The nomination of an EU ambassador to the UK is a potent symbol of the shift in Britain’s statusby Rupert Joy / January 15, 2020 / Leave a comment
The announcement that João Vale de Almeida is to become the European Union’s first ambassador to London is a powerful reminder that, as we brush the sleep from our eyes on Saturday 1st February, Brexit will—finally—mean Brexit.
The EU does not appoint ambassadors to its member states. The 28—soon to be 27—countries that make up the Union constitute its “homeland” and share (in theory at least) a common foreign and security policy. Instead, the European Commission has representative offices in each member state, which perform more administrative functions, communicating information about EU institutions and organising visits. For the UK, all that will change on 1st February. Since the Lisbon Treaty, EU relations with countries outside the Union have been managed by the European External Action Service, a kind of foreign ministry, with a global network of diplomatic delegations led by ambassadors, sharing many of the characteristics of national embassies.
The nomination of an EU ambassador to London is thus a potent political symbol of the shift in Britain’s status. As Vale de Almeida arrives to take up his new post, the UK will become a third country, albeit a rather important one, and join what the EU likes to call its “neighbourhood.” He will present his diplomatic credentials to the Queen and be accredited to the Court of St James in the same way as any other foreign ambassador. For Europeans, the UK will officially become abroad. In a similar way, the UK’s permanent representation to the EU, known in British diplomatic jargon as UKRep, will reportedly change its name post-Brexit to the “UK mission to the EU,” to mark the change of its diplomatic status.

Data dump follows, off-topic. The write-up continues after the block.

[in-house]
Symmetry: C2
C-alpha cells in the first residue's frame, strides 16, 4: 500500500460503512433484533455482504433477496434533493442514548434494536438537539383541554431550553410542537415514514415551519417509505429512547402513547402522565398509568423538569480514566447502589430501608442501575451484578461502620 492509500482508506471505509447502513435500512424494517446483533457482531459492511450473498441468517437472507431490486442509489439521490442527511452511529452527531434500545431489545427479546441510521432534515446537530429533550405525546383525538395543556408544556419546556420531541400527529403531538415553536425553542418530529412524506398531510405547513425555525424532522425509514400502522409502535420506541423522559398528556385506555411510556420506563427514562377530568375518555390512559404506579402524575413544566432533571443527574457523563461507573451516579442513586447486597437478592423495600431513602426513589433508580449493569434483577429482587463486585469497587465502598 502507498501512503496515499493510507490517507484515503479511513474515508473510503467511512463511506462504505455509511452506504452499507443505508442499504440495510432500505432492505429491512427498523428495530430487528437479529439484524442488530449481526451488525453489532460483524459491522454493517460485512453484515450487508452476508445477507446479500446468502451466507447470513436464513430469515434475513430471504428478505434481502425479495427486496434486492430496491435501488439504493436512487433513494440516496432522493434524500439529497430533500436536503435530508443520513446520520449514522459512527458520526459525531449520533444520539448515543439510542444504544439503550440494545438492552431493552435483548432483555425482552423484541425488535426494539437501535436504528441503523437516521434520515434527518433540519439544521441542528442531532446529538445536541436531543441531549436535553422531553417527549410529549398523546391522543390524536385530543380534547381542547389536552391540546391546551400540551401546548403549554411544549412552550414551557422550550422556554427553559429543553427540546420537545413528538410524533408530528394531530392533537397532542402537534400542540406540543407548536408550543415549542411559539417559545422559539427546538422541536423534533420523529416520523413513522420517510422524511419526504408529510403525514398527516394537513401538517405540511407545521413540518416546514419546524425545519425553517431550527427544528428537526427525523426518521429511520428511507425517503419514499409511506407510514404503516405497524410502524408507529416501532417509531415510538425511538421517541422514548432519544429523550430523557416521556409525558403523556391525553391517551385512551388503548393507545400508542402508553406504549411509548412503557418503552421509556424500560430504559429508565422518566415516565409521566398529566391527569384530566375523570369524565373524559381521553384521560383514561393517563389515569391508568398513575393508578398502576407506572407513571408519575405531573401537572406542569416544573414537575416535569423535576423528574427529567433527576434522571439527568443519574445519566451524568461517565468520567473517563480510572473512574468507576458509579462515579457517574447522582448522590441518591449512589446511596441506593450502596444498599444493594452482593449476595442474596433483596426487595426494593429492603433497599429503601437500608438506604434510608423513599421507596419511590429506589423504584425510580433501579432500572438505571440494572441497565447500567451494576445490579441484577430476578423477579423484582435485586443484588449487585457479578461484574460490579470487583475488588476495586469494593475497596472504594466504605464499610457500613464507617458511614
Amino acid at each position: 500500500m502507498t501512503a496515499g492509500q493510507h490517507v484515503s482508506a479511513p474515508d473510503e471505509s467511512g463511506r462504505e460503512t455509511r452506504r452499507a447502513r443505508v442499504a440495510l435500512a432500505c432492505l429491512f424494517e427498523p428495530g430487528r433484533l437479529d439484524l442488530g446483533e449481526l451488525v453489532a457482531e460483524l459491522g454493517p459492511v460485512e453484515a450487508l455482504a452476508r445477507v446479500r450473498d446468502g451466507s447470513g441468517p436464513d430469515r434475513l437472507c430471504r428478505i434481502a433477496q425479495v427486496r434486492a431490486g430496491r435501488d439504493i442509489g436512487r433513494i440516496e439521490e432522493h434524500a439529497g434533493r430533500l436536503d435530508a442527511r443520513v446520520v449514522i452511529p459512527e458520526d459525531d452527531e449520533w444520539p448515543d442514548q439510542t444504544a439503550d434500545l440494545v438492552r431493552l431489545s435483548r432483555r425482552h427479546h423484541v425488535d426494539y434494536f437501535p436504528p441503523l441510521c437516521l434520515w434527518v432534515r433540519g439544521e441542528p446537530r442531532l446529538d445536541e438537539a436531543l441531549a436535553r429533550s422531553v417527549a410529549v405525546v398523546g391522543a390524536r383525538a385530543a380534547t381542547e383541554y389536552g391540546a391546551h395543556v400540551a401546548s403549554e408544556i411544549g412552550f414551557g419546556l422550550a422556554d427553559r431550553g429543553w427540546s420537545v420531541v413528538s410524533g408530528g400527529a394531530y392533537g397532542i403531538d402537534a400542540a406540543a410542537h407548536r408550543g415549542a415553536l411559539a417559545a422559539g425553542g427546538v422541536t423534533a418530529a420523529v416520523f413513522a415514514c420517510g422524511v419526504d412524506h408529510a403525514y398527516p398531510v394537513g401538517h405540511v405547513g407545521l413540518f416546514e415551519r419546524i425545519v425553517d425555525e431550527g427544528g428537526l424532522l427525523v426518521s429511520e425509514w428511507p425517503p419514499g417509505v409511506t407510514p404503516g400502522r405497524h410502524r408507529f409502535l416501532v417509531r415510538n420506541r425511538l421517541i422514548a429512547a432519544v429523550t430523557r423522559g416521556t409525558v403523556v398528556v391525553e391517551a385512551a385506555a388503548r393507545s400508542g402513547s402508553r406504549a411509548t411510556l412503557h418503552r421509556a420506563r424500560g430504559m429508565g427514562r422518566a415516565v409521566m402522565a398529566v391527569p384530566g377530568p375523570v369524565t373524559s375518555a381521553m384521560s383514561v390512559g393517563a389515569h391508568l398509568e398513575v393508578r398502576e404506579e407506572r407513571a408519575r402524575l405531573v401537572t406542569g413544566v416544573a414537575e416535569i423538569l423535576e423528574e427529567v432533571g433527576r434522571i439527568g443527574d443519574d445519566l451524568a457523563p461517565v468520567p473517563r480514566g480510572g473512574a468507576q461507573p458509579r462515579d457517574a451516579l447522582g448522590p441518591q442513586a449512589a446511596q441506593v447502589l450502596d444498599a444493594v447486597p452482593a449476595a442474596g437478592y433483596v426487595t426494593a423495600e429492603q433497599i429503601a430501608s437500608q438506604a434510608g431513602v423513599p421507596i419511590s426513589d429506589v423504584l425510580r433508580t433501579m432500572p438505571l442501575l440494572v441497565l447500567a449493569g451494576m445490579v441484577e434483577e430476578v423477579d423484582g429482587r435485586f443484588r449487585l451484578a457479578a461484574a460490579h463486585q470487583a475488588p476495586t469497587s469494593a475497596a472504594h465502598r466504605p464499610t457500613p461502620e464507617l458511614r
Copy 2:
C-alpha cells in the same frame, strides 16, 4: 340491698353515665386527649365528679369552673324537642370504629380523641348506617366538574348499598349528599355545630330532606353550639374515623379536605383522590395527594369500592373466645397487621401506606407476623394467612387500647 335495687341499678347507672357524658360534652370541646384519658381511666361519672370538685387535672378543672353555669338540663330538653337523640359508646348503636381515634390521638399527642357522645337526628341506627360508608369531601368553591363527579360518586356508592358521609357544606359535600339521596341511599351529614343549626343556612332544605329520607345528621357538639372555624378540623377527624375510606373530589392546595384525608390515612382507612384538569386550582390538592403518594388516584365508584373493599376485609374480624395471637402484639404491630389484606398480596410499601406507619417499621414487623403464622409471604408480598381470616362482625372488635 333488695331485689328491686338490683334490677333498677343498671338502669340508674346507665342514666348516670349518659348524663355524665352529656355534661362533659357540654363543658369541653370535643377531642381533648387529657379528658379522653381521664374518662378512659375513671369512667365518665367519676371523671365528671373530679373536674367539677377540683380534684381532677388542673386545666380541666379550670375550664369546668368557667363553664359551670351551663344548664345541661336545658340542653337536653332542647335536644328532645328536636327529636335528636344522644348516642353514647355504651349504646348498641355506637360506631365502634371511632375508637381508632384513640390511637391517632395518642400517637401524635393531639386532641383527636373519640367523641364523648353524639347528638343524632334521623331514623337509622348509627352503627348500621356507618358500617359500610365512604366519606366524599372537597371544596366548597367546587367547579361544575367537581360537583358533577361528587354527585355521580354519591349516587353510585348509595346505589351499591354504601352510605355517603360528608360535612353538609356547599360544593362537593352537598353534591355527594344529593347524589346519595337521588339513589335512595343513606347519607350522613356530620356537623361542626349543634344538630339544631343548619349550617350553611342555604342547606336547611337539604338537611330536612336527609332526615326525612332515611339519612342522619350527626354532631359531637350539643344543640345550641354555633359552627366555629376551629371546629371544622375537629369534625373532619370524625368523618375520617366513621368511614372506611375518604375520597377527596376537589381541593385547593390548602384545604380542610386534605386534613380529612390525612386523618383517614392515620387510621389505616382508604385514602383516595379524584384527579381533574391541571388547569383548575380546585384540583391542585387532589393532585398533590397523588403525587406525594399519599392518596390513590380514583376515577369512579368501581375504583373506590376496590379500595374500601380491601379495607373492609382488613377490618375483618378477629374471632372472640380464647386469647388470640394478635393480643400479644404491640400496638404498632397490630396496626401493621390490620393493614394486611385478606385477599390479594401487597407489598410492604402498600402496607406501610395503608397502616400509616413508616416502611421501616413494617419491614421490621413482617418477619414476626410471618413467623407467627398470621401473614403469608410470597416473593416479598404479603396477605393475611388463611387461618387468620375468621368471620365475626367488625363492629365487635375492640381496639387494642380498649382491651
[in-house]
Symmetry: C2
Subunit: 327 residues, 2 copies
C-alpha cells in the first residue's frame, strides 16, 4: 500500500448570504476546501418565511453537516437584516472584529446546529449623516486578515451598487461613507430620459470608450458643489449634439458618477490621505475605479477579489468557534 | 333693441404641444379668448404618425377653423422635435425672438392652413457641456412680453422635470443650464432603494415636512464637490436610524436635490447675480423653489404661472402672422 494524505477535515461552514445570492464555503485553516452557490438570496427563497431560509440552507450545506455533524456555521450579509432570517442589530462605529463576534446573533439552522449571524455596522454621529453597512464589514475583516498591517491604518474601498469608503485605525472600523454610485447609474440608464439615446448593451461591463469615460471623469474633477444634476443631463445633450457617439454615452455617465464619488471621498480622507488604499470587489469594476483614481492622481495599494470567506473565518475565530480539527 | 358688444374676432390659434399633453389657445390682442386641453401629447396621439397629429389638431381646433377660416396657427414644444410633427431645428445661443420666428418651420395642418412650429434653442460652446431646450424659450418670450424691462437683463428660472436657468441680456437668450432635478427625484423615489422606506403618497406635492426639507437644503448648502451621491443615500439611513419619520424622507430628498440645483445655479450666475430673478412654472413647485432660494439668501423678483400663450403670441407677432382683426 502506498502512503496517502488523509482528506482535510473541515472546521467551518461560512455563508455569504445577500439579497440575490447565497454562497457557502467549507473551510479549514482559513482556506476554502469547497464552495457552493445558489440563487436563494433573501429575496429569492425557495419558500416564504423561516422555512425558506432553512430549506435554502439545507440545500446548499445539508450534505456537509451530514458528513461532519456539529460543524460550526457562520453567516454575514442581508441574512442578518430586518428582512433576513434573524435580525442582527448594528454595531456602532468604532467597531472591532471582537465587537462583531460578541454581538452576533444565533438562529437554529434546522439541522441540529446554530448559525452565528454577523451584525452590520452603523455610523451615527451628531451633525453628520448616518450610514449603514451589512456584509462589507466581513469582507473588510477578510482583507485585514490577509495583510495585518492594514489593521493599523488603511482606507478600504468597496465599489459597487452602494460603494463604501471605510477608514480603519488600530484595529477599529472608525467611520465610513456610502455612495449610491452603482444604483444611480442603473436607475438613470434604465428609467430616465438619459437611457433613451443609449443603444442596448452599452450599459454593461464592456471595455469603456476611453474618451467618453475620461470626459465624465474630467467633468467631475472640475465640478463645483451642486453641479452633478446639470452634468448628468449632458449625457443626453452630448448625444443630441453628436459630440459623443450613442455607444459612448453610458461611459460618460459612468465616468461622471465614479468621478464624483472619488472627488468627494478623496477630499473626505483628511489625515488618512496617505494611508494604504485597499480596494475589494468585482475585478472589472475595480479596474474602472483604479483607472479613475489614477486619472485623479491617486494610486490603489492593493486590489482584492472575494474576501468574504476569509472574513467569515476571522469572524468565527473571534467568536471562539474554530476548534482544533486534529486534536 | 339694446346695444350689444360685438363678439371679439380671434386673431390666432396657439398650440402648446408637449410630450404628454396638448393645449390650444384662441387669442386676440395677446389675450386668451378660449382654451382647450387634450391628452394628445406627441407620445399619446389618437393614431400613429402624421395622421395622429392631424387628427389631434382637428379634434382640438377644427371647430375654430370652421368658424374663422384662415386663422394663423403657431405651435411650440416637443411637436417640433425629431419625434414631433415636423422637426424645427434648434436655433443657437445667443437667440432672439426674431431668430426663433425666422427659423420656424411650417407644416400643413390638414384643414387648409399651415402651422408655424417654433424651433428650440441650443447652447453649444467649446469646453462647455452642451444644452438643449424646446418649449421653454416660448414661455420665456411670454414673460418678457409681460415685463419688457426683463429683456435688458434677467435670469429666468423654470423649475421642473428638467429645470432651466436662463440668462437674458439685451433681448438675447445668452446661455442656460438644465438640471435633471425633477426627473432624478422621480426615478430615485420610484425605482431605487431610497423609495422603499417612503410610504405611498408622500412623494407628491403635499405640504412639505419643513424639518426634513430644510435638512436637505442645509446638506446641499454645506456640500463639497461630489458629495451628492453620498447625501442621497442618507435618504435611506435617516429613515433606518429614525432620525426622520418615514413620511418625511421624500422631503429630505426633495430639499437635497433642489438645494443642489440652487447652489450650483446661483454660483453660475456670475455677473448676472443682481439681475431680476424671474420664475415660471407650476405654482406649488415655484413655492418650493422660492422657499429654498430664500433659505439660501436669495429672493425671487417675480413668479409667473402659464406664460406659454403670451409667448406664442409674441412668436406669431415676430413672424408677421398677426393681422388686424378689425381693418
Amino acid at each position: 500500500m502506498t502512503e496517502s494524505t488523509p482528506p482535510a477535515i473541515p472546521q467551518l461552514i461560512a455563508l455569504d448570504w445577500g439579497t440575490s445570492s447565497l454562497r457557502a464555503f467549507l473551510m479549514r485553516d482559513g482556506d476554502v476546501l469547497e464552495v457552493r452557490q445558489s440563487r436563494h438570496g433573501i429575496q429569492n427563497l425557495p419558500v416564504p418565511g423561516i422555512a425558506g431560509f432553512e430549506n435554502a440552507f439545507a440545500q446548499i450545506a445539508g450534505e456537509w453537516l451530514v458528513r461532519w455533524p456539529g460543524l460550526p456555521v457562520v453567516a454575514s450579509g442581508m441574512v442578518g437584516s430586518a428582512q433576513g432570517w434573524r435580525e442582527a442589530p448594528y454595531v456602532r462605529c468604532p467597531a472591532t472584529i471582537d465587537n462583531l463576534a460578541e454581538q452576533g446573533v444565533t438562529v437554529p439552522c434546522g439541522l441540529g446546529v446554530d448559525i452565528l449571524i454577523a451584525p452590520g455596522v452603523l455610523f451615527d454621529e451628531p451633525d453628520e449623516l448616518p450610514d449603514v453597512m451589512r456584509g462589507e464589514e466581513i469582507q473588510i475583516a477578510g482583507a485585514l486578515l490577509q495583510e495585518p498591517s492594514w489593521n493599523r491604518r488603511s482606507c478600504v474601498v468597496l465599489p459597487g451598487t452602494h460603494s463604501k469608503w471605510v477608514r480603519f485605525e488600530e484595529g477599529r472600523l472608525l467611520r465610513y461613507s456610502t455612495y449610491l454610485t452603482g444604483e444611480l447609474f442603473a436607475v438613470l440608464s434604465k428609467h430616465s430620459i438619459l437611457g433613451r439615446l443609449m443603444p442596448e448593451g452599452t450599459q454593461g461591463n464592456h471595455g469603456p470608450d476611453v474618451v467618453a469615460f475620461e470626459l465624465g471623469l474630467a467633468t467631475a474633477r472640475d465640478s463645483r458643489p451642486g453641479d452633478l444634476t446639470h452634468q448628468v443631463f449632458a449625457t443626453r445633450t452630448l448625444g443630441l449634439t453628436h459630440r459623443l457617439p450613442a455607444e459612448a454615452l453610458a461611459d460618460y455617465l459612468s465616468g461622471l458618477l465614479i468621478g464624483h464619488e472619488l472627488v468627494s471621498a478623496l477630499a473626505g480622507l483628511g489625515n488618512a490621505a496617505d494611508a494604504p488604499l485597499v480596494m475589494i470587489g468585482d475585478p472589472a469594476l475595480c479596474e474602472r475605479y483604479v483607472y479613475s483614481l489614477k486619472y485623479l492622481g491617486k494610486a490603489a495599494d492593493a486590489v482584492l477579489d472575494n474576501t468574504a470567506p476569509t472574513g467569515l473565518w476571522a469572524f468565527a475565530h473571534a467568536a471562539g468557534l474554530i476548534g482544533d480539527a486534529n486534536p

Vale de Almeida, who is Portuguese, was an obvious choice for the role. A journalist by background, he has served in a number of key positions in Brussels, including as head of cabinet to the former commission president José Manuel Barroso and EU director general for external relations. He has spent the past eight years in two key roles abroad, as EU ambassador first to the US in Washington and then to the UN in New York. Colleagues who have worked with Vale de Almeida describe him as calm and unflappable, a natural alliance-builder with a pragmatist’s instinct for identifying win-wins. He…